Fall ignites a palpable thrill among Florida’s East Coast anglers. As temperatures start to cool in northern latitudes, silver and striped mullet embark on their epic southbound odyssey, departing the estuaries of Georgia and the Carolinas. The coastline awakens with the sight of dark, imposing silhouettes moving along the beach. These mullet schools, driven by a fierce determination to evade the relentless pursuit of snook, tarpon, mackerel, bluefish, and redfish, ultimately leave a shimmering trail of scales in their wake.
While numerous options beckon anglers to join this annual spectacle, few experiences can measure up to the exhilaration offered by topwater and subsurface plugs. An array of finely crafted, anatomically precise mullet imitations stand ready, each boasting distinct sinking rates and retrieval capabilities. These lures excel when cast from the shoreline, provided they carry sufficient weight to cut through brisk winds and the accompanying wave action common to the fall season. Recently, anglers have been reaping noteworthy success by swapping out factory-supplied treble hooks for Mustad Kaiju in-line single hooks.
The merits of these specialty hooks are particularly apparent in the realm of responsible catch-and-release fishing—trebles are super sticky by design and can be treacherous to fish with soft mouths. But single hooks on plugs offer a range of benefits that extend beyond the welfare of both fish and angler. Fish hooked with single J-hooks tend to stay securely fastened, thanks to the larger, sturdier point they provide compared to the trio of smaller hooks on a treble. Mustad single hooks, made from Nor-Tempered high-carbon alloy wire, achieve the perfect balance of metal hardness, rigidity, and thinness to reduce flex, which helps them penetrate quickly. They also demonstrate impressive resistance to bending or straightening, surpassing most treble hooks in this aspect.
Mustad in-line single hooks, available in sizes spanning from No. 2 to 8/0, feature the cutting-edge 4.3 UltraPoint Technology, which helps keep hook points stay sharper longer. You’ll notice the in-line design incorporates an oversized eyelet, oriented 90 degrees from the traditional hook eye angle, ensuring that hooks hang upright and in-line with the lure.
The process of replacing hooks is a straightforward task, requiring only Mustad’s premium 9-inch split-ring pliers. However, several factors should guide your choice of new hooks. A general rule is to measure the distance between two treble hook points and select a single hook with a gap as close as possible to this measurement. Typically, transitioning to a single hook two sizes larger than the existing treble is a good starting point. And when replacing the tail hook, ensure the in-line hook point faces upward, while for the belly hook, orient the hook point away from the bait.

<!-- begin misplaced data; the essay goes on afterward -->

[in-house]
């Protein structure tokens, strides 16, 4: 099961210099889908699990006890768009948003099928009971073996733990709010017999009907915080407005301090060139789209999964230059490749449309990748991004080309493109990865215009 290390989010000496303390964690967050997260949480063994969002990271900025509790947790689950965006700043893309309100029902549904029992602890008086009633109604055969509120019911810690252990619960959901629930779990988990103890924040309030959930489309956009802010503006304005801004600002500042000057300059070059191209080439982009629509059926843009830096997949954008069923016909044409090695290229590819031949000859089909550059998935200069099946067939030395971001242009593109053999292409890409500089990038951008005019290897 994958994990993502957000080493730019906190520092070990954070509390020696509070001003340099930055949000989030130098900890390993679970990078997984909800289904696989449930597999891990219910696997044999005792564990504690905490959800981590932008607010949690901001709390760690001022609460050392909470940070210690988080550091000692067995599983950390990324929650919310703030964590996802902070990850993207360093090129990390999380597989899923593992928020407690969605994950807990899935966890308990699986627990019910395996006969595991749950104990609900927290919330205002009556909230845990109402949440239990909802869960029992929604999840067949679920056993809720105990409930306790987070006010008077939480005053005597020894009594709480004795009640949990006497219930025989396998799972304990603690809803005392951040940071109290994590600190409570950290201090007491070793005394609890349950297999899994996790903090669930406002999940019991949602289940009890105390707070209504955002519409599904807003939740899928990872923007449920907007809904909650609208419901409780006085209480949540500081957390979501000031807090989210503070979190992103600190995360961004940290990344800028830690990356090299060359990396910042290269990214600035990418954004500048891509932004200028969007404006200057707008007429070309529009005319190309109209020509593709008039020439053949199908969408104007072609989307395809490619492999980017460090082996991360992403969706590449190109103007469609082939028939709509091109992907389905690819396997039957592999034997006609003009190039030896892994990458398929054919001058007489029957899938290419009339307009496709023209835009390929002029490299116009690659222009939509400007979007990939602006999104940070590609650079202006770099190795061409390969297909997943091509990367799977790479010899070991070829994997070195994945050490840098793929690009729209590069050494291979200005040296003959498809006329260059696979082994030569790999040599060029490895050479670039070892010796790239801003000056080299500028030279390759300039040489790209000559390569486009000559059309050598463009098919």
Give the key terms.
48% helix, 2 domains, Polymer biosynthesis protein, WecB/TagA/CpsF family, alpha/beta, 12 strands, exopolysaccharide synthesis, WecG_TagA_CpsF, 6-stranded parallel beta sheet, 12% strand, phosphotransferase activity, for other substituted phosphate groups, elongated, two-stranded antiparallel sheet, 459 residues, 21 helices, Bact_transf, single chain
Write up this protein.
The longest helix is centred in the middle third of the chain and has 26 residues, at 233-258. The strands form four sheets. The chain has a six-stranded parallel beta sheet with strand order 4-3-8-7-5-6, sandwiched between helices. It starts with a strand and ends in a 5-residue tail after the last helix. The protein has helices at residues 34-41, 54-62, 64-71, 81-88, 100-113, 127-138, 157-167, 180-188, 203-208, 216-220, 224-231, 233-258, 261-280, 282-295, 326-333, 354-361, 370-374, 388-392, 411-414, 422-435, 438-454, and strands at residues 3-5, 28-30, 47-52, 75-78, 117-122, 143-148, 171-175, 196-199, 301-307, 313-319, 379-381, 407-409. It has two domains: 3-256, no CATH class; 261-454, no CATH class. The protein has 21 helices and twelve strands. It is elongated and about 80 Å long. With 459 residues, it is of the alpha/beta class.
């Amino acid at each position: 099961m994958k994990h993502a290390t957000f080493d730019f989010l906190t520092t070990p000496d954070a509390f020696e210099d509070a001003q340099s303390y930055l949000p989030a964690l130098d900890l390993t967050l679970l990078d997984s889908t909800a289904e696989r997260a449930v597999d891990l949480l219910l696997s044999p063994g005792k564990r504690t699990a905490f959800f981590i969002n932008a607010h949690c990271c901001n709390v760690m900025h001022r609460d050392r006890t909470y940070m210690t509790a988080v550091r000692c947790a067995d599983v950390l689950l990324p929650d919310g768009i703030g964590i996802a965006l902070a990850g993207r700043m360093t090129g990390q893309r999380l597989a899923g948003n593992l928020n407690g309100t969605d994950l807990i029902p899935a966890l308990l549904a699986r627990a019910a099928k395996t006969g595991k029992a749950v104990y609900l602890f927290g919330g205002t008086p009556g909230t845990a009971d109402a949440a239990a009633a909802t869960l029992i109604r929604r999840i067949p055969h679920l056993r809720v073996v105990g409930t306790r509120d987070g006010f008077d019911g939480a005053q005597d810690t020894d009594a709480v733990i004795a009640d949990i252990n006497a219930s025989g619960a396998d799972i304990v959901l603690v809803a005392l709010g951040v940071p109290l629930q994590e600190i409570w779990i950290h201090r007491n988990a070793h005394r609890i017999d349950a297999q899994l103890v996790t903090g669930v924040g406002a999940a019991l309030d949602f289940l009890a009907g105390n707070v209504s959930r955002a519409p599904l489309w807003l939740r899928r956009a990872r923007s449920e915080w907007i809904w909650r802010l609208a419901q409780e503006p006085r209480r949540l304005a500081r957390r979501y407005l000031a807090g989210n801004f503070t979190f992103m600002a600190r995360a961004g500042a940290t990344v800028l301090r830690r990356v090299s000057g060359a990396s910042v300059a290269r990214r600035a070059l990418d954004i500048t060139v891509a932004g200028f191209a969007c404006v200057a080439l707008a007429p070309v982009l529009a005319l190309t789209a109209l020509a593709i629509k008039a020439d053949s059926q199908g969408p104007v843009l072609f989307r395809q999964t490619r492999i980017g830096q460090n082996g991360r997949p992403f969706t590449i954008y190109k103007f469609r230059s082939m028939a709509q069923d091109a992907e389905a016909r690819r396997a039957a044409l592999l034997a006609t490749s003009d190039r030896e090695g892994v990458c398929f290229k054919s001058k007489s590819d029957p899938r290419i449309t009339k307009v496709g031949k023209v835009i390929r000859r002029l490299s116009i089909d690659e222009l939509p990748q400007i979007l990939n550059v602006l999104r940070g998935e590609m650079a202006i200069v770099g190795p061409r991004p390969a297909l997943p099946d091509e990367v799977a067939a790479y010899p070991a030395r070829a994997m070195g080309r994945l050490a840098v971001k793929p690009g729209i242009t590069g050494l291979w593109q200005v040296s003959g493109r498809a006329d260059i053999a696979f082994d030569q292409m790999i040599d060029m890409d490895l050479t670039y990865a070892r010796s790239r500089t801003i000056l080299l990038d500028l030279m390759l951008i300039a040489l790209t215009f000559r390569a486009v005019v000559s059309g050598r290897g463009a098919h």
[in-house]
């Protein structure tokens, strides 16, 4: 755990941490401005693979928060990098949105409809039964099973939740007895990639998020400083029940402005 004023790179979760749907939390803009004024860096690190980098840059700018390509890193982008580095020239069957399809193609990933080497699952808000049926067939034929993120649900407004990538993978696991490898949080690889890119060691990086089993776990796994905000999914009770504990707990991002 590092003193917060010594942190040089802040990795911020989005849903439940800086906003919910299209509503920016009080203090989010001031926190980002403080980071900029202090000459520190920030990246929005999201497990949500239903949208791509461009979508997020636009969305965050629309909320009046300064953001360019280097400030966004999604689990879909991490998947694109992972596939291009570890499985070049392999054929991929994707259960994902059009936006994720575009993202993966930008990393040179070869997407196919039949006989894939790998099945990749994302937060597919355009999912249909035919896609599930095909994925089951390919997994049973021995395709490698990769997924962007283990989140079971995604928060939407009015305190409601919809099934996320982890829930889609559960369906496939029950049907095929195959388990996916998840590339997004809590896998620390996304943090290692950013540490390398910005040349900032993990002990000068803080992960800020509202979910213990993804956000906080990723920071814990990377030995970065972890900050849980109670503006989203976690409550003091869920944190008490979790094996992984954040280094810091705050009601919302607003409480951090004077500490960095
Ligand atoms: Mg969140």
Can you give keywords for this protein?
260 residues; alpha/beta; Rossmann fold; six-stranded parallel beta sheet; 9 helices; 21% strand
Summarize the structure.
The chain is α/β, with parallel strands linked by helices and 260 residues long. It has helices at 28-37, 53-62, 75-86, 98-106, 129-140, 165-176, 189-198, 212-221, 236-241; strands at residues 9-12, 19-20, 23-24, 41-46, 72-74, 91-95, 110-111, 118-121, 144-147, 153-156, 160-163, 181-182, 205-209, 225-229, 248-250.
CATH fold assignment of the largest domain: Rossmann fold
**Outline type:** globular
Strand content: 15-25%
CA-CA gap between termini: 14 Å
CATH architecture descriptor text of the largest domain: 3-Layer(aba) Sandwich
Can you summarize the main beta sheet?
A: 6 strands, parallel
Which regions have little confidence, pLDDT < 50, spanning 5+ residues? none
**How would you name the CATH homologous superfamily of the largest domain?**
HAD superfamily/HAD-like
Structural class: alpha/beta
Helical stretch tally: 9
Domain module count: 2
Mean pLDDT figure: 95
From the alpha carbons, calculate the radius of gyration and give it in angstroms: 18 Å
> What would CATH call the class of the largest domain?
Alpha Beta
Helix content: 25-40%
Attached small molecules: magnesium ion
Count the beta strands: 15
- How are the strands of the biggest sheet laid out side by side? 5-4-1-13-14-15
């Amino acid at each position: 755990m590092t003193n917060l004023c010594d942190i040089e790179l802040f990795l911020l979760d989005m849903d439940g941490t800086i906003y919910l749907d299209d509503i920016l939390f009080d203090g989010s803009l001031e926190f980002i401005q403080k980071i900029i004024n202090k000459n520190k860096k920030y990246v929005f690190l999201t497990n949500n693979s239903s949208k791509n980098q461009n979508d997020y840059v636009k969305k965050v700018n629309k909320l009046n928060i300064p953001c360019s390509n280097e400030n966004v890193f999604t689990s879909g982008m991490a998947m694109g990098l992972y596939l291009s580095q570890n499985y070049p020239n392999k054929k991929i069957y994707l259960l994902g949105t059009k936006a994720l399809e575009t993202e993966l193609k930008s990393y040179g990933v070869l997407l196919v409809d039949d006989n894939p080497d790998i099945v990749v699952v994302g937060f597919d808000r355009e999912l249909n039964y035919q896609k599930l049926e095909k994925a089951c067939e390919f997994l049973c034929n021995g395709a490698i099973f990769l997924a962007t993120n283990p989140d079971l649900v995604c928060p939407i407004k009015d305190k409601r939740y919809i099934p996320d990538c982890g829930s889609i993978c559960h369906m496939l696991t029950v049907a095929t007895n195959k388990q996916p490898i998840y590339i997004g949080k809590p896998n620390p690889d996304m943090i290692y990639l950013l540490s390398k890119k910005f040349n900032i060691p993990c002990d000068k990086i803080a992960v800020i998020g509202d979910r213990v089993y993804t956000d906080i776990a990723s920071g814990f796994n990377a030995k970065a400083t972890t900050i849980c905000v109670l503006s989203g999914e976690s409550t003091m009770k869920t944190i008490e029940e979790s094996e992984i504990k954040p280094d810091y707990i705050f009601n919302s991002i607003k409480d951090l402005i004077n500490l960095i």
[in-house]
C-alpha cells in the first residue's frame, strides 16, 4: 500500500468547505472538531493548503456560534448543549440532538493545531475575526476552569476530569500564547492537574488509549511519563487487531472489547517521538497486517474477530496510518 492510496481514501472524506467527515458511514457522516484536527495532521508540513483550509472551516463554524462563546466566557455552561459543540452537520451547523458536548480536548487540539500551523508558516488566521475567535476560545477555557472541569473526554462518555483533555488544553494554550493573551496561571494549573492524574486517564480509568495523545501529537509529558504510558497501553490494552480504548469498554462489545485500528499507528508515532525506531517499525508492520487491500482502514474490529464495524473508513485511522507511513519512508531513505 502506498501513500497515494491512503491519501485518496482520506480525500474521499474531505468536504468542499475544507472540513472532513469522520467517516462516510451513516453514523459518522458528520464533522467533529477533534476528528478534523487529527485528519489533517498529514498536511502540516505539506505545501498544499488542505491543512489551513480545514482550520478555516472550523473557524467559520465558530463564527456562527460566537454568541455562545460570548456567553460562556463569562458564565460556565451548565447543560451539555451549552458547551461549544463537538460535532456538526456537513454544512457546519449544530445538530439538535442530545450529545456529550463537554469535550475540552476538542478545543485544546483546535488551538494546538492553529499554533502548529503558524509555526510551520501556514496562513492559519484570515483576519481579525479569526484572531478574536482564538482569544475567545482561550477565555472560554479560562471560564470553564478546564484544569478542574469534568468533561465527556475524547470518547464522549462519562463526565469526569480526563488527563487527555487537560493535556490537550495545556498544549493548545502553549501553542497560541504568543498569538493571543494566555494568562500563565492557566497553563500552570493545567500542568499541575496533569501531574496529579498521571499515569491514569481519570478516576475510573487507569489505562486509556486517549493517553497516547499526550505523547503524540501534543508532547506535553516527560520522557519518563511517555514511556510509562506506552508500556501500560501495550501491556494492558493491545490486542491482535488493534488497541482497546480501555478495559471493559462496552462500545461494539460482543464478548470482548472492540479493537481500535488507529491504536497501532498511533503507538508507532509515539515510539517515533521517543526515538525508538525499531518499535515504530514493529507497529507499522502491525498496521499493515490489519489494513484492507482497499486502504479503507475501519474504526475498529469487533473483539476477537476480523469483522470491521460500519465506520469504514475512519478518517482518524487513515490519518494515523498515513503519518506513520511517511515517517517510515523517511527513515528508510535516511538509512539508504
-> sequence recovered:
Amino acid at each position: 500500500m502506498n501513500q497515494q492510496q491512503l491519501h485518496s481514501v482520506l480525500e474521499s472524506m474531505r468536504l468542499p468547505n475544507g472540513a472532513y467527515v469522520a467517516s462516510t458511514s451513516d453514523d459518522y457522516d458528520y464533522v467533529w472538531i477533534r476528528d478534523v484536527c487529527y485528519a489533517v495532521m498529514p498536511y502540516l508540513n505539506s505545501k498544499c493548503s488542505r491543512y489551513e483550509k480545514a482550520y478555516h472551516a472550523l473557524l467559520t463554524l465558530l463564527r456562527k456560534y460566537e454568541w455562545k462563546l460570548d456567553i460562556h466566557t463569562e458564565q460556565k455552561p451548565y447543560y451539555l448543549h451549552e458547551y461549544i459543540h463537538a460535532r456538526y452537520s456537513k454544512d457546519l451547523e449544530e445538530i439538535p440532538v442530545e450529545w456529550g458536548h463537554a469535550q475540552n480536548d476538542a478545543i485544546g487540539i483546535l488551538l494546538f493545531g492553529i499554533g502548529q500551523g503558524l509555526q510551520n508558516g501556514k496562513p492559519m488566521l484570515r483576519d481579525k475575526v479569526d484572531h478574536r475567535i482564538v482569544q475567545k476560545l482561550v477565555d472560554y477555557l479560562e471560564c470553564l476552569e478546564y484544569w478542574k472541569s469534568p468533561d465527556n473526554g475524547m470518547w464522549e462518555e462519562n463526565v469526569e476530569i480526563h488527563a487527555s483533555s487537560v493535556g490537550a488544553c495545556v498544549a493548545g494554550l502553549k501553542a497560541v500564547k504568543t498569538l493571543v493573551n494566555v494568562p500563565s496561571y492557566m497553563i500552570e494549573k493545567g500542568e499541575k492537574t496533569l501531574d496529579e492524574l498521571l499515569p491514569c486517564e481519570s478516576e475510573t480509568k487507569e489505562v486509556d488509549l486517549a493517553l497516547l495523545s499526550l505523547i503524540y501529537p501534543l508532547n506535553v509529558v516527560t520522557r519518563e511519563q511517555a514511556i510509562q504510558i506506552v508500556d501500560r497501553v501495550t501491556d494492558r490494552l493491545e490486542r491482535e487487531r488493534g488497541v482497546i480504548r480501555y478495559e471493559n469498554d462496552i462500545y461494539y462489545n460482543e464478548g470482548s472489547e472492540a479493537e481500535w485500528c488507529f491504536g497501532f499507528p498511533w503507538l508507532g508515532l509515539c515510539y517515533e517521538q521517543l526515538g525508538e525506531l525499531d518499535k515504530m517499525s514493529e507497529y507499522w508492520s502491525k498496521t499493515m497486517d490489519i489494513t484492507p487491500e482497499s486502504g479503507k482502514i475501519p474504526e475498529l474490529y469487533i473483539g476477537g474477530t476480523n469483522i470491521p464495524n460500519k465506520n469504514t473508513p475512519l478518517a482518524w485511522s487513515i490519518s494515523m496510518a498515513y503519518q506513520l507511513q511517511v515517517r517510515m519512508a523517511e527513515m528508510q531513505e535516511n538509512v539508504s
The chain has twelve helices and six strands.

Lure designers invest meticulous care in providing specific lure action. However, the added weight of heavier gauge and potentially larger in-line single hooks can force a popper to sit a bit lower in the water. Some find this to be an advantage as the lure gains more displacement, resulting in a more pronounced pop during retrieval. In the case of walk-the-dog surface plugs, the replacement of trebles can enhance the lure’s performance by reducing drag.
If you’ve yet to delve into the merits of switching out treble hooks on your artificial lures, now is the opportune moment. Although the mullet run won’t last much longer, anglers targeting various gamefish throughout Florida’s coastal waters attest to the value that high-quality single in-line hooks bring to the equation.
Mustad has led the global hook market since 1877. Mustad’s mission is to create a comprehensive multi-brand company that leads the fishing tackle industry while focusing on innovation, employee and customer satisfaction, and sustainability. With the addition of LIVETARGET and TUF-Line, Mustad continues to solidify its position as a complete sports fishing brand family. For more information, visit www.mustad-fishing.comor @mustadfishing on Facebook and Instagram.